“J’ARRIVE” The Exhibition.
Napoleone di Buonaparte, born in Corsica, August 15th of 1769, is one of the most controversial and celebrated political figures in Western history, and one of the greatest military commanders and strategist of all time.
At the age of 26 he was given command of the “Army of Italy” and to this day his military strategy and know-how are studied by military academies around the world.
Napoleon´s (as he came to be known) impact in Europe and the Western world did not limit itself to be about just his military conquests and prowess but also his civil footprint, as he brought long term impact liberal reforms to the countries he conquered. His long-lasting legal achievements were, undoubtedly, highlighted by the so-called “Napoleonic Code” - adopted in various forms by a quarter of the world’s legal system spanning from Asia to America.
After his escape from the Island of Elba in 1815 and taking over the government, the “Seventh Coalition” Allies defeated Napoleon at the battle of Waterloo. After his capture by the British Army he was imprisoned on the remote Island of Saint Helena, passing away at the age of 51 in 1821.
In 1840, more than a million people witnessed the return of his remains to Paris where it still resides at Les Invalides.
This exhibition will show the trajectory of Napoleon spanning from his years as a military student to the coronation as Emperor and to his final days. The audience will be immersed throughout a series of galleries replicating the late 18th century scenario sided with original artefacts and paintings – resulting in a truly sensorial way of bringing his story to life.
The J´Arrive Exhibition was made possible through the careful and dedicated curatorial support and incredible collection of objects from the Fondation de Napoleon, the academic credibility sustaining the texts and an array of the most relevant objects strengthening the story we present - making this exhibition a unique opportunity to get to know Napoleon and his place in world history.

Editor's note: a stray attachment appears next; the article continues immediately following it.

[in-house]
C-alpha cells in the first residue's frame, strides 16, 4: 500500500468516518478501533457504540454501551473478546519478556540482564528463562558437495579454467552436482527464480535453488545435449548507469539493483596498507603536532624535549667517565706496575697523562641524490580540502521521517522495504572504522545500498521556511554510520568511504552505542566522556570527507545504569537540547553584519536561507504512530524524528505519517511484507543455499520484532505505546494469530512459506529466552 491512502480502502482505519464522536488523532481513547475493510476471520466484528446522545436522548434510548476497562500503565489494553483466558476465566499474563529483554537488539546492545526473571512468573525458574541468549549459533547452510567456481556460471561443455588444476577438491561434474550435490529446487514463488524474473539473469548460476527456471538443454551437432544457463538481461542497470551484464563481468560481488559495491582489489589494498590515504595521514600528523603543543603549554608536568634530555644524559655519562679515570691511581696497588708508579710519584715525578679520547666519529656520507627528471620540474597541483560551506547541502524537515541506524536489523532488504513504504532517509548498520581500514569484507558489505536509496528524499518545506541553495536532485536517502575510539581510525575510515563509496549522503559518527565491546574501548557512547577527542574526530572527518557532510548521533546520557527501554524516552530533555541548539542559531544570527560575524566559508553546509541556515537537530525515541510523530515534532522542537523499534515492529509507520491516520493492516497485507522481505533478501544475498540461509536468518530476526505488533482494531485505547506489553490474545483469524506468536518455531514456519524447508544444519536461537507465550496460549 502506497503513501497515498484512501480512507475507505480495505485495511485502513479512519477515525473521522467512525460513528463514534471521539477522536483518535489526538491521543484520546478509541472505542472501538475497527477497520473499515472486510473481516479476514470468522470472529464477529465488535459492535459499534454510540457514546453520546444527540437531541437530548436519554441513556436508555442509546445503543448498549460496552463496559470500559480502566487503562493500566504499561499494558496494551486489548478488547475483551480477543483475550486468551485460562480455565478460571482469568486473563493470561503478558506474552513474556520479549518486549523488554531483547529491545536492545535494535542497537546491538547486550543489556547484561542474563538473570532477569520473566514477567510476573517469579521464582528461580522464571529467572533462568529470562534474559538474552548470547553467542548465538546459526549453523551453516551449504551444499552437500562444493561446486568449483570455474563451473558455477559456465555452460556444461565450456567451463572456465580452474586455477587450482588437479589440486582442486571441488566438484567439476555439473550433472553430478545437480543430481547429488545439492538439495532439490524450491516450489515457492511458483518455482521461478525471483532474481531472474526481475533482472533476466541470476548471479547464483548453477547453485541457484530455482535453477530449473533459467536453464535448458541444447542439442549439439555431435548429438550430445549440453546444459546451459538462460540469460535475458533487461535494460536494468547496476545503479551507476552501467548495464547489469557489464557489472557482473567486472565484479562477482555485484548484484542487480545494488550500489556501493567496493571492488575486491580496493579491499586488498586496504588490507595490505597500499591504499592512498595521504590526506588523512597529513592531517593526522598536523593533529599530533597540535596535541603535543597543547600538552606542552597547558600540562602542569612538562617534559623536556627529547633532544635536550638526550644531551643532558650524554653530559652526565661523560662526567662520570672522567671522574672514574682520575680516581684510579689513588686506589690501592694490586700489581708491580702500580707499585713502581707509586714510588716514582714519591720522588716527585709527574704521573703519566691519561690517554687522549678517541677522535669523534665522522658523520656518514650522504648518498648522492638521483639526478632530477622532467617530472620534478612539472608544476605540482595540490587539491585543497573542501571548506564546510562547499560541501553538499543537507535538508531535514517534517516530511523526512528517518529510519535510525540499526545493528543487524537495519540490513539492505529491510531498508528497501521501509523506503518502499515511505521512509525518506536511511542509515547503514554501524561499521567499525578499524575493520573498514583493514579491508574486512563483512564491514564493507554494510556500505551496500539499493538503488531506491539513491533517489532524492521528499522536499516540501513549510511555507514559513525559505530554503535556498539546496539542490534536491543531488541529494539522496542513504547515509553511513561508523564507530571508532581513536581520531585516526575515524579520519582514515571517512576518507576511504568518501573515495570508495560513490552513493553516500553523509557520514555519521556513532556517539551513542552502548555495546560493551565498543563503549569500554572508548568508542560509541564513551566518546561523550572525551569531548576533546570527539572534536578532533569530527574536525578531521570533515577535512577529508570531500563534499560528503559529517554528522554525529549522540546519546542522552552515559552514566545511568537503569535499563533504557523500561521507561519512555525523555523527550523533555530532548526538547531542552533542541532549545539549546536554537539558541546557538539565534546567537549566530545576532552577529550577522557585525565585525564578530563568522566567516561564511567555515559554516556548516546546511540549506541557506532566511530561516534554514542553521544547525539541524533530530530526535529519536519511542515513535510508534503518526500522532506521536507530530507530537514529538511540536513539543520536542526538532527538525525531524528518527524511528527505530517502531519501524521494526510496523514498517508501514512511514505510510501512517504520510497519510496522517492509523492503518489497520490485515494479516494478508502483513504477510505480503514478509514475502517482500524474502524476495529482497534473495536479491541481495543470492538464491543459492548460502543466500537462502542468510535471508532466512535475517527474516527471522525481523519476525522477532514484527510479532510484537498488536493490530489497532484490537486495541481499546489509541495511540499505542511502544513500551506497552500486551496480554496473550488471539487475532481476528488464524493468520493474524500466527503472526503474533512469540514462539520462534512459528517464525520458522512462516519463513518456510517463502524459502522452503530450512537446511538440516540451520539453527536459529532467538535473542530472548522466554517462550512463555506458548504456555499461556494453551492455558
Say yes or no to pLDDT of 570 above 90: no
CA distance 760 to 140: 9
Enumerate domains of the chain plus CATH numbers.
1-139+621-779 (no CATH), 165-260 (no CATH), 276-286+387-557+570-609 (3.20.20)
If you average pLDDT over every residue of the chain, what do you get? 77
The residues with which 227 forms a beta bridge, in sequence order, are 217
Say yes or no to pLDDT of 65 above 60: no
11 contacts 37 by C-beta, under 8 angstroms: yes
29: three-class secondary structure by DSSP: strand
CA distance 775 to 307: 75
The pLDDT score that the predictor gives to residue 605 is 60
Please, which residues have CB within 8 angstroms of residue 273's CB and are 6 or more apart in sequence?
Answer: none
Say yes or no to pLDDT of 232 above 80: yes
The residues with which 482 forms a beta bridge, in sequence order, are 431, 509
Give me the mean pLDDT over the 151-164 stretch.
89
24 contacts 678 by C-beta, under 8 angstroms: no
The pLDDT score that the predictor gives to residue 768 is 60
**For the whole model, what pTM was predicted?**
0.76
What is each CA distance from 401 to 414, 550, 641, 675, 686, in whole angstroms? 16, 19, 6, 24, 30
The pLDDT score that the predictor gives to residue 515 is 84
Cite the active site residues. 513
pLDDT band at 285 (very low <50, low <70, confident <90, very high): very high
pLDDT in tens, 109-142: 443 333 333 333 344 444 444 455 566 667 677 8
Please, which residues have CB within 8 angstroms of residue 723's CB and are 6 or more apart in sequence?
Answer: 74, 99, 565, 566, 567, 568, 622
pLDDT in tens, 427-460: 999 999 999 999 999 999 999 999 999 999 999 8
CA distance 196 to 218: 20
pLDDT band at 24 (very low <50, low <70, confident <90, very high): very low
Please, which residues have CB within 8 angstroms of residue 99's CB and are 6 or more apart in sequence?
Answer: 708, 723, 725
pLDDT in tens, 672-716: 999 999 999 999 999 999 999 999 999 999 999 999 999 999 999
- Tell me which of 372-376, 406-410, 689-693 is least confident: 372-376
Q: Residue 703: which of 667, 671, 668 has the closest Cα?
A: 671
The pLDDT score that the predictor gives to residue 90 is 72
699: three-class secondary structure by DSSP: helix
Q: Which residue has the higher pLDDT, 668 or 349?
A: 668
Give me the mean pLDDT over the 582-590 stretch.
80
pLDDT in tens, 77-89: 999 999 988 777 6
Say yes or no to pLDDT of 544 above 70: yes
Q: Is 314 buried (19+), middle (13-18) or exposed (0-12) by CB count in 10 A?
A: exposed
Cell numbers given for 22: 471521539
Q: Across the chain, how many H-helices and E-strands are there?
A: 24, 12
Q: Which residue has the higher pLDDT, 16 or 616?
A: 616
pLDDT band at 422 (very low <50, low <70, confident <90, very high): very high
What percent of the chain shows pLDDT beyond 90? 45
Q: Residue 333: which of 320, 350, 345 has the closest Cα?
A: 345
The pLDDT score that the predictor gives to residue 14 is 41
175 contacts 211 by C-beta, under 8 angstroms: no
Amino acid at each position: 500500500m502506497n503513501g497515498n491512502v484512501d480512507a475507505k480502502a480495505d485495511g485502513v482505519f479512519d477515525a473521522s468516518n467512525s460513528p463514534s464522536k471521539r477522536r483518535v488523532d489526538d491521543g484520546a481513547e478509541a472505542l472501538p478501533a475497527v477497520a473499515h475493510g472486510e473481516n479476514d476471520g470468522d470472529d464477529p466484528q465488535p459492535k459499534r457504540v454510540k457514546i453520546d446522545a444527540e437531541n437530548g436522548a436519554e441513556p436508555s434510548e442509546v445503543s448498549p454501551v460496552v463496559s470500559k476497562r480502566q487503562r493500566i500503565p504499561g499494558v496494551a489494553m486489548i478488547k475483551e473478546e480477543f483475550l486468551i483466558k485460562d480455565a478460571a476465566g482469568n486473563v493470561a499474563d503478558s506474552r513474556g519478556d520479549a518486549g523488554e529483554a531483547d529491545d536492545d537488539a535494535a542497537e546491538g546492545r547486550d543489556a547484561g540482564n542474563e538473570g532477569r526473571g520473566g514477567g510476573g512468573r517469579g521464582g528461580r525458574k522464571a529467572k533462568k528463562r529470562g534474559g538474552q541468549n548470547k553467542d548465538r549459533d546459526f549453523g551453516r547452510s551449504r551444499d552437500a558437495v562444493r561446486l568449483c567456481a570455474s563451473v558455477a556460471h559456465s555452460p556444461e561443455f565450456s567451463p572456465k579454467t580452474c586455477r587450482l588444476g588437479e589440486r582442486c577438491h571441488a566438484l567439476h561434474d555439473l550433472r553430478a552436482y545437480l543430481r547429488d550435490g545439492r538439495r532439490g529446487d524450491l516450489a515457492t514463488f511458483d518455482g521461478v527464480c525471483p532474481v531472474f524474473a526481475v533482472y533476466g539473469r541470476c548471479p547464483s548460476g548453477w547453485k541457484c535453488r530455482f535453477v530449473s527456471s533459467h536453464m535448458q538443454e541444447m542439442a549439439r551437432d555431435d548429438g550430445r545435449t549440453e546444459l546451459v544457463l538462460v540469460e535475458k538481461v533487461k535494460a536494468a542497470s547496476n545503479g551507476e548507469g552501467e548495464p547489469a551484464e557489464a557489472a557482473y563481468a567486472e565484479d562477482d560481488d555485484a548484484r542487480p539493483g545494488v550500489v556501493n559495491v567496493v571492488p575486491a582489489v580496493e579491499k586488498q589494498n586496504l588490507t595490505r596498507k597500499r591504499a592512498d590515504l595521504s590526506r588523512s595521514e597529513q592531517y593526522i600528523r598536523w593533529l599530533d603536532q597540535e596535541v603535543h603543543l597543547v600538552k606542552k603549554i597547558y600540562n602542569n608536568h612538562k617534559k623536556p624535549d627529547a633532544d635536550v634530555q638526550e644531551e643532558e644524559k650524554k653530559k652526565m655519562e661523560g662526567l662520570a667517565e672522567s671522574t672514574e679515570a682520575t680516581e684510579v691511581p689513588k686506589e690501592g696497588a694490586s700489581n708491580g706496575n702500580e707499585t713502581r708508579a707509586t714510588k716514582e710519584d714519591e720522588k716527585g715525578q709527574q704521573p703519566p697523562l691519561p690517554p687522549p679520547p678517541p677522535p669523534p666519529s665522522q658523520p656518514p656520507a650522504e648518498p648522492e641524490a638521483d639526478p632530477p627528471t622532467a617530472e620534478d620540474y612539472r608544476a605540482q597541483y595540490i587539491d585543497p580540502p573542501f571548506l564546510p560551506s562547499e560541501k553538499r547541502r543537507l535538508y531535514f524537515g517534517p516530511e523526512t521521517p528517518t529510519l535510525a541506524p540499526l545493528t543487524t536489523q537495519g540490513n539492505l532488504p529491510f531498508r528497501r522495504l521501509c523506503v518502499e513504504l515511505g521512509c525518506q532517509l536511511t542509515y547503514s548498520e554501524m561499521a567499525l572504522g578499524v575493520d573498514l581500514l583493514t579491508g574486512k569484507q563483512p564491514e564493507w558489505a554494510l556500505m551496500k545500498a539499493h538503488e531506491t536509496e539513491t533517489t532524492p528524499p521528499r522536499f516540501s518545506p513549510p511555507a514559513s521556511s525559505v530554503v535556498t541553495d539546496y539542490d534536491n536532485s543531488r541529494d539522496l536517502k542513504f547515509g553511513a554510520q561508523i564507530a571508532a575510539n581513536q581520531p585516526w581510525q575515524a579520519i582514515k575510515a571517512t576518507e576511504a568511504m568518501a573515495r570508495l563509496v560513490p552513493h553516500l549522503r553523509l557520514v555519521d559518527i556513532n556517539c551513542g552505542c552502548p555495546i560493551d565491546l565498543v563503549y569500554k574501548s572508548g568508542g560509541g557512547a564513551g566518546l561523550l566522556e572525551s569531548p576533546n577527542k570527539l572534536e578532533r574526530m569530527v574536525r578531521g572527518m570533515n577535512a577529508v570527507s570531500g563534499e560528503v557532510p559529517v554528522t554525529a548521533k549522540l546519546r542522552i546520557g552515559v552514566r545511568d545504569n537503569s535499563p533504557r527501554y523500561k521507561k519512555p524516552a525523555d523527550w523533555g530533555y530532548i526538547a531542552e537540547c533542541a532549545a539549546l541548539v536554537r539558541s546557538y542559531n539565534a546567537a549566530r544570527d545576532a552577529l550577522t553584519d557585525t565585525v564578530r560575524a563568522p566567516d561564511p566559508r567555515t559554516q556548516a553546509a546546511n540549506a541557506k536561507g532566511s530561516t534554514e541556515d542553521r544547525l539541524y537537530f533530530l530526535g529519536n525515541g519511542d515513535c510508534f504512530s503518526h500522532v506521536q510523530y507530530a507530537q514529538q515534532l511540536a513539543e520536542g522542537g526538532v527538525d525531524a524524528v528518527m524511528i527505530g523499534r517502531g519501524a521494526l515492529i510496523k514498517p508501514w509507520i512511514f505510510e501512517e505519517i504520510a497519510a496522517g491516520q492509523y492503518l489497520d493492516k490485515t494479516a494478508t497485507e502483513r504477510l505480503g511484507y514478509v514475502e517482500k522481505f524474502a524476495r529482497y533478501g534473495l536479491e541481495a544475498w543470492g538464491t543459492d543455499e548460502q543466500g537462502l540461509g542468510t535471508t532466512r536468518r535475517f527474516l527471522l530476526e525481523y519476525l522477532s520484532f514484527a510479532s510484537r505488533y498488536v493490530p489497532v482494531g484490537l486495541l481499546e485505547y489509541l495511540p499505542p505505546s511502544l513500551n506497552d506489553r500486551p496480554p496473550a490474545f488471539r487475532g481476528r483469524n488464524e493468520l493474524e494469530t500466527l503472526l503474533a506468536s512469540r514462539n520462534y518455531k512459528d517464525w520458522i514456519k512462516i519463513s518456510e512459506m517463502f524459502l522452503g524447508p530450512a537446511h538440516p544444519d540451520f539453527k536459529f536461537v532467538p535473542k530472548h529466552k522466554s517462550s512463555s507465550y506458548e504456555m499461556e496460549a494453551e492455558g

The exhibition has been designed referring to Napoleon's tomb at Les Invalides in Paris.
The exhibition is divided into areas where Napoleon is represented in all periods of his rise to power. These Areas will be 7 remembering Napoleon as:
In the middle of each area will be represented in scale 1: 1 of the Napoleon era.
Apart from these areas there will be a room where visitors can perceive the emotional sense of fear, as they were in the middle of a battlefield. You will hear the drums of the cavalry, rifles, cannons and the advance of the cavalry, accompanied by videos and exciting effects.
The final area will correspond to the explanation of the tomb at Les Invalides, shrouded by the mystery of death at St. Helena.
The exhibition will have a honeycomb structure such as Napoleon thought his empire was to be a symbol of unity.
The bee was dear to Napoleon because it is assumed that he had chosen as a symbol to create a form of link with the Merovingian dynasty. In fact, just in the tomb of King Childeric was found bee gold. But even in the civilization of ancient Egypt the bee had a prominent place in the symbolism of power, including that of obedience and loyalty.
The flag of Elba Napoleon was a great success so that, as he writes Pons de l'Herault in "Souvenirs et anecdotes de l'Ile d'Elbe", was hailed even by Barbary pirates, that passage in the Tyrrhenian Sea in it saw the symbol their warrior hero, Napoleon himself.